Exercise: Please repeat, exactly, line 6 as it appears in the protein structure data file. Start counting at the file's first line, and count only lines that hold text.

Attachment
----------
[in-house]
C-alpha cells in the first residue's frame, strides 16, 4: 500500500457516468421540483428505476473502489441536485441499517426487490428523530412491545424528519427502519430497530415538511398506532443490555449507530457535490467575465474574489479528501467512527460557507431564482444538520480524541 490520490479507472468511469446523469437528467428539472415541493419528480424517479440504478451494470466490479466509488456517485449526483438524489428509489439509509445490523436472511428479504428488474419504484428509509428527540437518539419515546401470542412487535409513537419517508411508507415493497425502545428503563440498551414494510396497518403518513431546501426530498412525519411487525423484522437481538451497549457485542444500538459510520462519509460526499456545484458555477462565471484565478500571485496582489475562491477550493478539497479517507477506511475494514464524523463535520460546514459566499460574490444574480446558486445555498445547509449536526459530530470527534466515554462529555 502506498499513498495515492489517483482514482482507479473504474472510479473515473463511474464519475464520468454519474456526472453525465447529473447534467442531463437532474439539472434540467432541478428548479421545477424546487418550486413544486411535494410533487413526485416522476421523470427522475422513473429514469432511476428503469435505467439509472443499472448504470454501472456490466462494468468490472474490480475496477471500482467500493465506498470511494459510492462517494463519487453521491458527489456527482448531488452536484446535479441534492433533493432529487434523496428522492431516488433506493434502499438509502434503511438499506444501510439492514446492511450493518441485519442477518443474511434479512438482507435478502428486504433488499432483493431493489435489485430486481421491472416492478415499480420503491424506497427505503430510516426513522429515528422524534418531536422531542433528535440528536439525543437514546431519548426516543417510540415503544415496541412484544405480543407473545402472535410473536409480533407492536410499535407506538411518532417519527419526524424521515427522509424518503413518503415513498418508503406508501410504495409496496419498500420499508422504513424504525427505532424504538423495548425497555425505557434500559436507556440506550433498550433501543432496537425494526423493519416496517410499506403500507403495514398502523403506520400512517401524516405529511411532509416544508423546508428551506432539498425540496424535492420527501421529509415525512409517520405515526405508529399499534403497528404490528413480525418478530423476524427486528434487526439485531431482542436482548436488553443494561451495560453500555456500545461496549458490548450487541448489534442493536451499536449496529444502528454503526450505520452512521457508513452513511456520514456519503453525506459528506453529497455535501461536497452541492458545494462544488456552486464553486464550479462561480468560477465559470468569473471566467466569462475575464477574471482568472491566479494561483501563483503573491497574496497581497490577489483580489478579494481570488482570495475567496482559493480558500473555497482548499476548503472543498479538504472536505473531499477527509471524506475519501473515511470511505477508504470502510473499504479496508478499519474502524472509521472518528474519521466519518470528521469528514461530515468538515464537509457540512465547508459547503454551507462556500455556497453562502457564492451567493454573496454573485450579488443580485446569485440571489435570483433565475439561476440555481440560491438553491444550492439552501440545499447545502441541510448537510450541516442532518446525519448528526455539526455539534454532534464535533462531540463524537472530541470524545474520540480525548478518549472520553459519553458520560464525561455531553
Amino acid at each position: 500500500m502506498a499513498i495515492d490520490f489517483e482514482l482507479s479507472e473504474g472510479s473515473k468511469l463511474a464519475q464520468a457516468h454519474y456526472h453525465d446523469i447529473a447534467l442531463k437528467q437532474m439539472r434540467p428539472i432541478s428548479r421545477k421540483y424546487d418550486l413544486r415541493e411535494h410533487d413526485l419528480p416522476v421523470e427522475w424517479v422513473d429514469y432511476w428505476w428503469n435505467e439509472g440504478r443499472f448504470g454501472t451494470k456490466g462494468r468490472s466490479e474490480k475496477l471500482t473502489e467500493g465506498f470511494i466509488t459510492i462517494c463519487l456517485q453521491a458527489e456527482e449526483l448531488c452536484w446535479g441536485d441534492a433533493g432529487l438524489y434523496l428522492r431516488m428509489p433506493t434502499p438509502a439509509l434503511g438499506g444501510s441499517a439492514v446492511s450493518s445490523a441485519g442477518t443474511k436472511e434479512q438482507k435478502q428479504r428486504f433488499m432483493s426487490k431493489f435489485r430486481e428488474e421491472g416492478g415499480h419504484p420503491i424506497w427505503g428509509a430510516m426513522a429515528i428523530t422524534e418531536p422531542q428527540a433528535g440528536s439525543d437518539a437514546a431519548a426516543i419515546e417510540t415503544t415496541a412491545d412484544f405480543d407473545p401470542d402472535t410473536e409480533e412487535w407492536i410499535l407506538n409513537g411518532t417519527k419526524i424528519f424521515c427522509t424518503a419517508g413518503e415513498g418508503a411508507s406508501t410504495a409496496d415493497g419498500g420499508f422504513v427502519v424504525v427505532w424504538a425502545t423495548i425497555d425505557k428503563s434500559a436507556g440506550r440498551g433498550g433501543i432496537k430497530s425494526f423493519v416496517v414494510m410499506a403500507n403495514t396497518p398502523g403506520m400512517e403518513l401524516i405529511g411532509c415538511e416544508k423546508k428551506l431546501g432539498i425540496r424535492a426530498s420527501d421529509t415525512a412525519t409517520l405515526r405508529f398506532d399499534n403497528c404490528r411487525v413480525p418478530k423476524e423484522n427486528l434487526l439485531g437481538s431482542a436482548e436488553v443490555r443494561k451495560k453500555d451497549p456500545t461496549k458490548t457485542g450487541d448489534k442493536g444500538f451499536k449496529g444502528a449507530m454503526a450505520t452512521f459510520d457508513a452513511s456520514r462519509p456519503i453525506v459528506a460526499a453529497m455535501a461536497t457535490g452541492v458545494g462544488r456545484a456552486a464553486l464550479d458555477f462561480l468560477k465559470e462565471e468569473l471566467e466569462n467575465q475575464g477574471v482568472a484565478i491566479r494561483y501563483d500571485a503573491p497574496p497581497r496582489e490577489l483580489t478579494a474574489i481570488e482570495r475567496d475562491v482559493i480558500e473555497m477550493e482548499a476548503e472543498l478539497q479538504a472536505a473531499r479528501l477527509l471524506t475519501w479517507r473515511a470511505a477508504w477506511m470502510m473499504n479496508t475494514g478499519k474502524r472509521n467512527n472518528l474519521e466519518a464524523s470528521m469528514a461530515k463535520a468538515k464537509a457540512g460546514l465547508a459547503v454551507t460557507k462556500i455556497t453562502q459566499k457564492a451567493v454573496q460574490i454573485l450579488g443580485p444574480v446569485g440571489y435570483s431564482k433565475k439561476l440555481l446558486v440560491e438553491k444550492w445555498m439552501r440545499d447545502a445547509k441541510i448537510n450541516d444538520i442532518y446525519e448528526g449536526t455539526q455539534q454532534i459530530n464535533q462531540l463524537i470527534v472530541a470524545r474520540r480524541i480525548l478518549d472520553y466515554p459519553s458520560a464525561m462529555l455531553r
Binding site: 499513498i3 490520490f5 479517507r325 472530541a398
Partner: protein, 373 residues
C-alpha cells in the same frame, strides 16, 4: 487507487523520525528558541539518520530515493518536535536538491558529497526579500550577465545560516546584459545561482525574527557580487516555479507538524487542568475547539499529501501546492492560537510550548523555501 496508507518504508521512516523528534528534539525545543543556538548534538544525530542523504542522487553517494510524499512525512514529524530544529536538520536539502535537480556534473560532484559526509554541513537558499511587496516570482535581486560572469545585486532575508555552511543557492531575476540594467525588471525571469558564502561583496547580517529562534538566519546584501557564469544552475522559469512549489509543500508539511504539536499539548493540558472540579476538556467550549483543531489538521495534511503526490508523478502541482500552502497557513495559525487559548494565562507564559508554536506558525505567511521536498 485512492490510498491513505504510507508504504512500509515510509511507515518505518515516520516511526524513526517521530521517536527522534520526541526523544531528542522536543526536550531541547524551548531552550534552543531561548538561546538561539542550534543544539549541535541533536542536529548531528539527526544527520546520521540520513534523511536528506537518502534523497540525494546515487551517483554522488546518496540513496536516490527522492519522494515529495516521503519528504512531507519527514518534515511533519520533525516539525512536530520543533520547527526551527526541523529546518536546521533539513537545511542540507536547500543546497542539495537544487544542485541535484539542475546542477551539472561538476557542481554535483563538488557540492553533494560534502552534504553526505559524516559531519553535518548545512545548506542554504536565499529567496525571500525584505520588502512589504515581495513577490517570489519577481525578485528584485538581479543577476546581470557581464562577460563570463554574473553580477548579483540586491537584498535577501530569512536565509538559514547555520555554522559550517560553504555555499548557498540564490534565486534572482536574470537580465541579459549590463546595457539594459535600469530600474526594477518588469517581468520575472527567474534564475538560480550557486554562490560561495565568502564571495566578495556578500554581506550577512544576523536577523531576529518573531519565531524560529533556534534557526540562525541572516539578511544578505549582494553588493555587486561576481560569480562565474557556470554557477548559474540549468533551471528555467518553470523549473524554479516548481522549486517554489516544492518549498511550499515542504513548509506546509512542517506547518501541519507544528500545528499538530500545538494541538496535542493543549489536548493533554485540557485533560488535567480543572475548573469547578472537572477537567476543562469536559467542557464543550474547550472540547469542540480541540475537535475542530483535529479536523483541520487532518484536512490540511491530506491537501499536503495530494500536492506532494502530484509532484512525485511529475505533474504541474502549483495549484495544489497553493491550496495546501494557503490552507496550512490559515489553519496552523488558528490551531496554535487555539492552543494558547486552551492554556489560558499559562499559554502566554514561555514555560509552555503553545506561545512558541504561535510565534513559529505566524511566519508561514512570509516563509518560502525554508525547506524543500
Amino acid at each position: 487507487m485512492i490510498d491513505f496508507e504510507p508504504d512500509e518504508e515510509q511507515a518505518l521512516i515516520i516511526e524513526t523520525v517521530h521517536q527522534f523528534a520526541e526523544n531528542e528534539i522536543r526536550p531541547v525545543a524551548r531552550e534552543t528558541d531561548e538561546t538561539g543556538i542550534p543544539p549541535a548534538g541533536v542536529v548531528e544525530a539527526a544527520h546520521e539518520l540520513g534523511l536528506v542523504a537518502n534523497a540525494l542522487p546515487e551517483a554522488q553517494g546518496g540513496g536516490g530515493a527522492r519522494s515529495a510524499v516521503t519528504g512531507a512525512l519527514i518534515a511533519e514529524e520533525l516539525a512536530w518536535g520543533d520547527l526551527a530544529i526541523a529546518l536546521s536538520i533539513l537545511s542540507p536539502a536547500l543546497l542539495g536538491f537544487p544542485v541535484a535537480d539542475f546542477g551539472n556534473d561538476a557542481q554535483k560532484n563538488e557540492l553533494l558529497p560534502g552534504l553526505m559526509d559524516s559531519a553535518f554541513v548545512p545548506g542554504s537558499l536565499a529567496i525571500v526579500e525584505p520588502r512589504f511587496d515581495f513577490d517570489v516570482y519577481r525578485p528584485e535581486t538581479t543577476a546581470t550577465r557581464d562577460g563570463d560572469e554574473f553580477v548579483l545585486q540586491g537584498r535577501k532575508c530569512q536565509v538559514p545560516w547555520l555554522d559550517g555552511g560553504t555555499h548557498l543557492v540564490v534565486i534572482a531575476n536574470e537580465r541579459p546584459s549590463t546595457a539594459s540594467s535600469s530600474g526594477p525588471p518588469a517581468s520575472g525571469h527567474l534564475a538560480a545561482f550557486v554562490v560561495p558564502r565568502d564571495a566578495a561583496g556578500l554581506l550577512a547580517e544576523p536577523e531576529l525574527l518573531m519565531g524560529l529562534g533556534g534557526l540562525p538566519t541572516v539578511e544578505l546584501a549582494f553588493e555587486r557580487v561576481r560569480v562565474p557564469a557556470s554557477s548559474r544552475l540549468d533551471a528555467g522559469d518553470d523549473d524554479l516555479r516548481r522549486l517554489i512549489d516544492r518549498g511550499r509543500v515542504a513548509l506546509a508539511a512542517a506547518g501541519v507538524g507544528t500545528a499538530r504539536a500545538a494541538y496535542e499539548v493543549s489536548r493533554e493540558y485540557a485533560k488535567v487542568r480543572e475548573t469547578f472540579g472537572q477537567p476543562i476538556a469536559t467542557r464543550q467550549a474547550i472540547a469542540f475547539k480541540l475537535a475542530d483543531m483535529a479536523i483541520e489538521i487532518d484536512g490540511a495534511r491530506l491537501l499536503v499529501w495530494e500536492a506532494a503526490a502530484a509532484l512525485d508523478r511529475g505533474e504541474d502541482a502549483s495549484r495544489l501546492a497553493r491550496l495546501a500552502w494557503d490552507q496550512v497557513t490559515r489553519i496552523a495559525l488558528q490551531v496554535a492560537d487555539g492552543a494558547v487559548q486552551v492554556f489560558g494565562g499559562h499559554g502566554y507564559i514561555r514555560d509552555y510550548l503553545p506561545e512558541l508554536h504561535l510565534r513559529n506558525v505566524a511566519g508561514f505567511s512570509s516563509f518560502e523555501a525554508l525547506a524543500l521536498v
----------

C-alpha cells in the same frame, strides 16, 4: 487507487523520525528558541539518520530515493518536535536538491558529497526579500550577465545560516546584459545561482525574527557580487516555479507538524487542568475547539499529501501546492492560537510550548523555501 496508507518504508521512516523528534528534539525545543543556538548534538544525530542523504542522487553517494510524499512525512514529524530544529536538520536539502535537480556534473560532484559526509554541513537558499511587496516570482535581486560572469545585486532575508555552511543557492531575476540594467525588471525571469558564502561583496547580517529562534538566519546584501557564469544552475522559469512549489509543500508539511504539536499539548493540558472540579476538556467550549483543531489538521495534511503526490508523478502541482500552502497557513495559525487559548494565562507564559508554536506558525505567511521536498 485512492490510498491513505504510507508504504512500509515510509511507515518505518515516520516511526524513526517521530521517536527522534520526541526523544531528542522536543526536550531541547524551548531552550534552543531561548538561546538561539542550534543544539549541535541533536542536529548531528539527526544527520546520521540520513534523511536528506537518502534523497540525494546515487551517483554522488546518496540513496536516490527522492519522494515529495516521503519528504512531507519527514518534515511533519520533525516539525512536530520543533520547527526551527526541523529546518536546521533539513537545511542540507536547500543546497542539495537544487544542485541535484539542475546542477551539472561538476557542481554535483563538488557540492553533494560534502552534504553526505559524516559531519553535518548545512545548506542554504536565499529567496525571500525584505520588502512589504515581495513577490517570489519577481525578485528584485538581479543577476546581470557581464562577460563570463554574473553580477548579483540586491537584498535577501530569512536565509538559514547555520555554522559550517560553504555555499548557498540564490534565486534572482536574470537580465541579459549590463546595457539594459535600469530600474526594477518588469517581468520575472527567474534564475538560480550557486554562490560561495565568502564571495566578495556578500554581506550577512544576523536577523531576529518573531519565531524560529533556534534557526540562525541572516539578511544578505549582494553588493555587486561576481560569480562565474557556470554557477548559474540549468533551471528555467518553470523549473524554479516548481522549486517554489516544492518549498511550499515542504513548509506546509512542517506547518501541519507544528500545528499538530500545538494541538496535542493543549489536548493533554485540557485533560488535567480543572475548573469547578472537572477537567476543562469536559467542557464543550474547550472540547469542540480541540475537535475542530483535529479536523483541520487532518484536512490540511491530506491537501499536503495530494500536492506532494502530484509532484512525485511529475505533474504541474502549483495549484495544489497553493491550496495546501494557503490552507496550512490559515489553519496552523488558528490551531496554535487555539492552543494558547486552551492554556489560558499559562499559554502566554514561555514555560509552555503553545506561545512558541504561535510565534513559529505566524511566519508561514512570509516563509518560502525554508525547506524543500